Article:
Explore London 2 – Canal Museum and Physic Garden 2023

By | September 28, 2023

A review of the groups recent visits to the London Canal Museum and The Physic Garden in Chelsea.

With thanks to Maggie Reeve and Jackie Wiggins, respectively, for the photos in this expanded article.


London Canal Museum

Our visit to the London Canal Museum was the most popular trip we’ve had this year, with over 30 of us journeying from Windsor to Kings Cross.

From Kings Cross we had time (after dodging the heavy showers) to explore the cafes and shops in Granary Square and Coaldrops Yard. This is a very historic area and much improved in recent years – rather than warehousing and work, it is now a vibrant area for all types of leisure activities.

After lunch the group walked to the London Canal Museum where tea and biscuits were available, followed by a welcome talk by a very knowledgeable guide. The group were then split into two for a guided “nature” walk along the canal tow-path, ending at the Camley Street Nature Reserve. The tow path is surprisingly colourful.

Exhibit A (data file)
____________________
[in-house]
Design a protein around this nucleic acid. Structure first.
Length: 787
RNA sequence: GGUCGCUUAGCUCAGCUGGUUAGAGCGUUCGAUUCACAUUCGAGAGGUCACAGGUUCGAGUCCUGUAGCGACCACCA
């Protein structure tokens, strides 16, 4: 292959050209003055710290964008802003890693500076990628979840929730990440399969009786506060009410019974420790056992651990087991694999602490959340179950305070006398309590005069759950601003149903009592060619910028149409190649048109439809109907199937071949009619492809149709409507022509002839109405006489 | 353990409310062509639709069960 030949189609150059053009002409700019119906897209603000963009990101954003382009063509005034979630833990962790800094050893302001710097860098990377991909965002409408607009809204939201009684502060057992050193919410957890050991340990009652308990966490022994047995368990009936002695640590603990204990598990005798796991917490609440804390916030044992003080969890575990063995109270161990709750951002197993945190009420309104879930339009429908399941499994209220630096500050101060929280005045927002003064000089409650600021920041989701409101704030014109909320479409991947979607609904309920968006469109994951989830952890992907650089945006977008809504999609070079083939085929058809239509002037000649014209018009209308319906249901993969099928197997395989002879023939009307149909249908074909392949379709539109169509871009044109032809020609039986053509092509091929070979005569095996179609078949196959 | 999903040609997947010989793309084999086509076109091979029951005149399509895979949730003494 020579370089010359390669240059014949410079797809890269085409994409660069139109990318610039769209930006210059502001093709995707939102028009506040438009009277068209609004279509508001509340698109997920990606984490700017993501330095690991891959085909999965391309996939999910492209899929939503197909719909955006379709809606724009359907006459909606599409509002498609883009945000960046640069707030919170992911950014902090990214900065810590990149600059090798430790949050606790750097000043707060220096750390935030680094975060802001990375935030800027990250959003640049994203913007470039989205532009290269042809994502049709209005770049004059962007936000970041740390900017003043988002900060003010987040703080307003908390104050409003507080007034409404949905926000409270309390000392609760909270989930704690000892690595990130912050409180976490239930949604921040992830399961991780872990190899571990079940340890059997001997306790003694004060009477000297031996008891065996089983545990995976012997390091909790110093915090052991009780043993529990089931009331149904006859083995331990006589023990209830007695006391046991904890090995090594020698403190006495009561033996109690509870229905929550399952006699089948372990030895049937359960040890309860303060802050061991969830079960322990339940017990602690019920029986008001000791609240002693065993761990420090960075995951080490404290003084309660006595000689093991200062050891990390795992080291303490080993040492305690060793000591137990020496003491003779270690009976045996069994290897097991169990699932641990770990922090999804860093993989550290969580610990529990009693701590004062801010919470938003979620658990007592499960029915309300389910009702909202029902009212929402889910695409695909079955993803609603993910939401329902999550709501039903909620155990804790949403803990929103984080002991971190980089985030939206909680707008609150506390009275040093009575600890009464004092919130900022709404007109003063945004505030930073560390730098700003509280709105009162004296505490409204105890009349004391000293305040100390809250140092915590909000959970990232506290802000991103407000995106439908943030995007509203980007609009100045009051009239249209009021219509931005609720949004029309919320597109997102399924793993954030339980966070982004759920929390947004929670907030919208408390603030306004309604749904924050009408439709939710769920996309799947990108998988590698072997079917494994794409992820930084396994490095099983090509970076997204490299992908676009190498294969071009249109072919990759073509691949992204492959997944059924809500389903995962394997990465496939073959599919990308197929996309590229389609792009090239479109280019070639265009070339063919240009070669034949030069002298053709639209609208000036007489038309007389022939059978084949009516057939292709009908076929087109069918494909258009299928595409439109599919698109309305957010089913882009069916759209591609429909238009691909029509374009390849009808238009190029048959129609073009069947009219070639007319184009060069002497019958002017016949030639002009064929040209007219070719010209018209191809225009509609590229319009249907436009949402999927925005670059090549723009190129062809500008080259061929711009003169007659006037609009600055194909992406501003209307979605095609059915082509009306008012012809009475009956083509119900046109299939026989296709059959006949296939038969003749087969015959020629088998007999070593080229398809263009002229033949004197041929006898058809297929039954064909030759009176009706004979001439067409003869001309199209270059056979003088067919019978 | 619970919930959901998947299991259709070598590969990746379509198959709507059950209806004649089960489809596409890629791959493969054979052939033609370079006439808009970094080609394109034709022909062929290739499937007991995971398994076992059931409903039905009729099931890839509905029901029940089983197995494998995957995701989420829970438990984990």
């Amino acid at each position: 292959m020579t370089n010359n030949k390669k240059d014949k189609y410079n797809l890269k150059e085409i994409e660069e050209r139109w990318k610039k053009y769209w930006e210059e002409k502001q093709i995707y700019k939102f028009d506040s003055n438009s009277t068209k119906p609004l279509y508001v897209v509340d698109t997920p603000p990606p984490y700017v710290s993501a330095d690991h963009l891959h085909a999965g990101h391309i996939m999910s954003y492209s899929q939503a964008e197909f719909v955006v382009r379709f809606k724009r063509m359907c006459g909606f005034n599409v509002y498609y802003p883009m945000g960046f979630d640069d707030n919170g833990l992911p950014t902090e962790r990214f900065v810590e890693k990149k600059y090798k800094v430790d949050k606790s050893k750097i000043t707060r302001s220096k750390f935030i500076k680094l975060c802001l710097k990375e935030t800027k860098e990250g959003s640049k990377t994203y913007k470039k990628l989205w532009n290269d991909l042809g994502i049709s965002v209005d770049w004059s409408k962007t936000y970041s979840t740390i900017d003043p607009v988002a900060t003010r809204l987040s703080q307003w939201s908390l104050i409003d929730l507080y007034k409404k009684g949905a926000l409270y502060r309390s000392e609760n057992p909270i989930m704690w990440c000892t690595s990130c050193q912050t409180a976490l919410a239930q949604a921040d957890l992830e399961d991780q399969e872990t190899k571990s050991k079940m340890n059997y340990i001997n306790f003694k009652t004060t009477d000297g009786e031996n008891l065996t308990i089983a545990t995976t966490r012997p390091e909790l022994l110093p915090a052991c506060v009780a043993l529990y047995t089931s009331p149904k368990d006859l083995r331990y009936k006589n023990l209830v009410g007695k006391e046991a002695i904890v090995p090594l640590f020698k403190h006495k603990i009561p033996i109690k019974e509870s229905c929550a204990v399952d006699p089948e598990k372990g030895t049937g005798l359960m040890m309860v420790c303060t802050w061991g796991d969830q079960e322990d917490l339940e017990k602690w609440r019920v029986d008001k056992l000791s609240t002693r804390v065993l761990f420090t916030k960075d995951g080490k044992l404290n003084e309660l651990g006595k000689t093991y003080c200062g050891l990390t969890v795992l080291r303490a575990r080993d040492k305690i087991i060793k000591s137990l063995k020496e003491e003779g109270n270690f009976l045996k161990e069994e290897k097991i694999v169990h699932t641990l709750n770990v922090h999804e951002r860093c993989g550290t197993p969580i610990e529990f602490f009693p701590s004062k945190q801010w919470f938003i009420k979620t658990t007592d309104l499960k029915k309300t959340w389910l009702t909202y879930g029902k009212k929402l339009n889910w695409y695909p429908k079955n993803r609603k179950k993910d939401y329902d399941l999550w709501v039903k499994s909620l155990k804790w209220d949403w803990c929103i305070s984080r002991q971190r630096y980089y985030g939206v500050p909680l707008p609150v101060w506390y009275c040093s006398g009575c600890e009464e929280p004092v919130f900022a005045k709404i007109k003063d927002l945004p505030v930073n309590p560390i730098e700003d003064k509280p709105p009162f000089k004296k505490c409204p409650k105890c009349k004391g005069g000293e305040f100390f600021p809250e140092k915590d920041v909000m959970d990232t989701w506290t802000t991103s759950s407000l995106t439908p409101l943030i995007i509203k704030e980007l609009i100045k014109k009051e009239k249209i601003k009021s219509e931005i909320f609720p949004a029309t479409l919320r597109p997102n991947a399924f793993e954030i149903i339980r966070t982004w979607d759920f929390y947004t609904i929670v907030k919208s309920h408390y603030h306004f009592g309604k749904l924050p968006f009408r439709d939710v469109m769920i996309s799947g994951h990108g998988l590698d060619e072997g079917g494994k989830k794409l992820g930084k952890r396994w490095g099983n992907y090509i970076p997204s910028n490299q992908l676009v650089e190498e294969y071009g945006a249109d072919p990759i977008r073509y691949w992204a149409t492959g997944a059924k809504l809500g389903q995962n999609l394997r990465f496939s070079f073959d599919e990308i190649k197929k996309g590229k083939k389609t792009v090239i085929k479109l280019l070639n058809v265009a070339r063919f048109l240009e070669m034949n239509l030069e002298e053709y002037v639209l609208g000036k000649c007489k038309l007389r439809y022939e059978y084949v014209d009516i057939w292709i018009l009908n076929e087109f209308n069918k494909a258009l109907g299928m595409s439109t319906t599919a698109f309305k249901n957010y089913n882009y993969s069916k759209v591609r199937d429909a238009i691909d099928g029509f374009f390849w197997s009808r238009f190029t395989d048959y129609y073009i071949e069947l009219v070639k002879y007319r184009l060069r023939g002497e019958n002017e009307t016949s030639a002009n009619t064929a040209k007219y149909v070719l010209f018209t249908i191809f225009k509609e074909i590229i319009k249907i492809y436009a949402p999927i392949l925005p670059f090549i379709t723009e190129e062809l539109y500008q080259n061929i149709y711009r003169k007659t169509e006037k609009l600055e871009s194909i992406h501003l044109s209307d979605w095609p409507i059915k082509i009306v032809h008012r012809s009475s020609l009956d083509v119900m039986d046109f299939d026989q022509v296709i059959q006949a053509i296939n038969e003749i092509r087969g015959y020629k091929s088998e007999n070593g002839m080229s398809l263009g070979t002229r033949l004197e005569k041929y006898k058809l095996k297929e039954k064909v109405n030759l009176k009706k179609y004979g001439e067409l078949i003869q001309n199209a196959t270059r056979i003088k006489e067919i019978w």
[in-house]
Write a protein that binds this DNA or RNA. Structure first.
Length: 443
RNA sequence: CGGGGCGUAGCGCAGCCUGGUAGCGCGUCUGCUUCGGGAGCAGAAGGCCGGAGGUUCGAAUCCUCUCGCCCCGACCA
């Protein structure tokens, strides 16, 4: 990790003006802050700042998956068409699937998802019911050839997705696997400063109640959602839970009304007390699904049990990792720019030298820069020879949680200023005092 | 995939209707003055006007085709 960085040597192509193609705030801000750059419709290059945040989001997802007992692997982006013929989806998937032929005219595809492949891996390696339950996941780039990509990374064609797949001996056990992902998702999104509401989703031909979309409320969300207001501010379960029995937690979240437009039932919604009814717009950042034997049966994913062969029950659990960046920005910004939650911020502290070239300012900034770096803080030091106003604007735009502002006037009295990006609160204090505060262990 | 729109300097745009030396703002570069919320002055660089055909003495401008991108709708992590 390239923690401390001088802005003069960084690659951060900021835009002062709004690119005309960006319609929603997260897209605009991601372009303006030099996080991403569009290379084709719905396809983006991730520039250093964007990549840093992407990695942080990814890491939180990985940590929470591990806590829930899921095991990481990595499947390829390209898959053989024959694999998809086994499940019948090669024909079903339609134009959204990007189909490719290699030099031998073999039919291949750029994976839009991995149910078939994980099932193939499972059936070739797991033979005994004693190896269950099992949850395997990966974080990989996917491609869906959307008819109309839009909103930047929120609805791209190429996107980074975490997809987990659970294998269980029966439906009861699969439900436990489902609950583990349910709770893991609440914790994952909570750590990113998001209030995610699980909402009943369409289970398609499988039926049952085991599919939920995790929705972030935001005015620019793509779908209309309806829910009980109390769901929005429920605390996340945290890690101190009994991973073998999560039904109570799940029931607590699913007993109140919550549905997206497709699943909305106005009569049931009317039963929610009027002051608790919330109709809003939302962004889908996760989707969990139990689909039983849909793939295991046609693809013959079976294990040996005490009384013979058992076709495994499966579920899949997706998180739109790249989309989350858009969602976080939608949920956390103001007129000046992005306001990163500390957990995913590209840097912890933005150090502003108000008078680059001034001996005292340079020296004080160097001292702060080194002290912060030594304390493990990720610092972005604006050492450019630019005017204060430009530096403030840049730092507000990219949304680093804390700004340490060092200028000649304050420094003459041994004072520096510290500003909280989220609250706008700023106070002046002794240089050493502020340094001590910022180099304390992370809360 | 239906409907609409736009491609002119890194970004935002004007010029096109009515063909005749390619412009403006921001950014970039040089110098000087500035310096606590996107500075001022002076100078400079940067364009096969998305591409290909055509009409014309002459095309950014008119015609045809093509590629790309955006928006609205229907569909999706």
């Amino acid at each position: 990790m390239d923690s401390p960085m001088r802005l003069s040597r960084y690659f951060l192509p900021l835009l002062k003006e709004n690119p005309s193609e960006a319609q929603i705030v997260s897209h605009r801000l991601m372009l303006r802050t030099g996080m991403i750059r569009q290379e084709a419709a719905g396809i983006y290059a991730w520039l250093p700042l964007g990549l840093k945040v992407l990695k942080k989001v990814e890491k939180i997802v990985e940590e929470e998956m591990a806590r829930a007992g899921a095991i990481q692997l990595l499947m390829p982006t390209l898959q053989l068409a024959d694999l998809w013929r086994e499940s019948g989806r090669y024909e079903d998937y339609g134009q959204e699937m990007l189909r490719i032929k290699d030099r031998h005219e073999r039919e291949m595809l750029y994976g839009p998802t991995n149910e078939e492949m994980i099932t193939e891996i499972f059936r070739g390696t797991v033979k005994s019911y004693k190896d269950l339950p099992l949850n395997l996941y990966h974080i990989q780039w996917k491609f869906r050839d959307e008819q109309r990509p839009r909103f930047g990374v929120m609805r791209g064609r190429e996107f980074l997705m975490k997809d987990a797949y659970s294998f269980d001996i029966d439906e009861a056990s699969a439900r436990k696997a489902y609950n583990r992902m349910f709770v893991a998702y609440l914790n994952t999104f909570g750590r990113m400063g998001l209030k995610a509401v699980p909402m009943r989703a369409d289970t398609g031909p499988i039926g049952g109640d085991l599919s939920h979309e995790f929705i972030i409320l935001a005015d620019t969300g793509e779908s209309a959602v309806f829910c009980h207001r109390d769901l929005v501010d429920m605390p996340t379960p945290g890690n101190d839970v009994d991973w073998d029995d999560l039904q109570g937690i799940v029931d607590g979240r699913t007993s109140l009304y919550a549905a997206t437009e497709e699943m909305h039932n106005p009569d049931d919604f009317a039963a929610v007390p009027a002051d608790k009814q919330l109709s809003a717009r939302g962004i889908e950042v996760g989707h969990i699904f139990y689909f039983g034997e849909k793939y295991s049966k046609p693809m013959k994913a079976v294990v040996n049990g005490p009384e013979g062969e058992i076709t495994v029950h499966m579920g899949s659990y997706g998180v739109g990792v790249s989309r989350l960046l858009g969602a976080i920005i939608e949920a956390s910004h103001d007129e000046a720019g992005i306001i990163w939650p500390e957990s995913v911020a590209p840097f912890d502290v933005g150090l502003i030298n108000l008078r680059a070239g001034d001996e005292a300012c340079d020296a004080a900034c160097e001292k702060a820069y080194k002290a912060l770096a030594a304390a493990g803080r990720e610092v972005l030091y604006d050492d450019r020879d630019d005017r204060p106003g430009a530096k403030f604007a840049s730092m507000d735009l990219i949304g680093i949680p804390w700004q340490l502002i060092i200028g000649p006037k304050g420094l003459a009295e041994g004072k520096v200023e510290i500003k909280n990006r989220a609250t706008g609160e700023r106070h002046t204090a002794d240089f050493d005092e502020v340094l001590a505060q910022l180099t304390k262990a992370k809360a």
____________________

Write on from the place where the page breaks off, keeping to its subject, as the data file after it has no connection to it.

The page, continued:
The warehouse that the museum occupies was once an ice warehouse, with two huge ice wells – one of which is still partly open to view. The ice came on boats from Norway, was stored and then distributed around London using barges pulled by horses. The horses were stabled on the first floor of the warehouse. It is certainly a museum with a difference!

Maggie Reeve


The Physic Garden, Chelsea

Another delightful adventure for London Explorers 2 took them to the Chelsea Physic Garden which is celebrating its 350 anniversary this year. It was established as the Apothecaries’ Garden in London, England, in 1673 by the Worshipful Society of Apothecaries to grow plants to be used as medicines and to train apothecaries to identify different plants, and to understand their uses.

This sculpture is inscribed with the names of head gardeners since the garden was established.

In the 1680s, Sir Hans Sloane, trained at the Chelsea Physic Garden and became the personal physician to the Duke Albemarle in Jamaica, which was then a British Colony. Having made his money, Sloane returned to England and bought the manor of Chelsea. (Hence Sloane Square!). This included the Chelsea Physic Garden.

In 1722, Sloane agreed to rent these four acres to the Worshipful Society of Apothecaries for £5 per year in perpetuity. This ensured that the Garden would forever be used as a place to teach people about plants and still today investigations and experiments are being carried out into the medicinal use of plants.

Our guide was extremely knowledgeable and pointed out beds of poisonous plants, edible plants, useful plants and plants being used medicinally for oncology treatments, for ophthalmic treatments and urology.

This is a fascinating garden and well worth a return visit.

Jackie Wiggins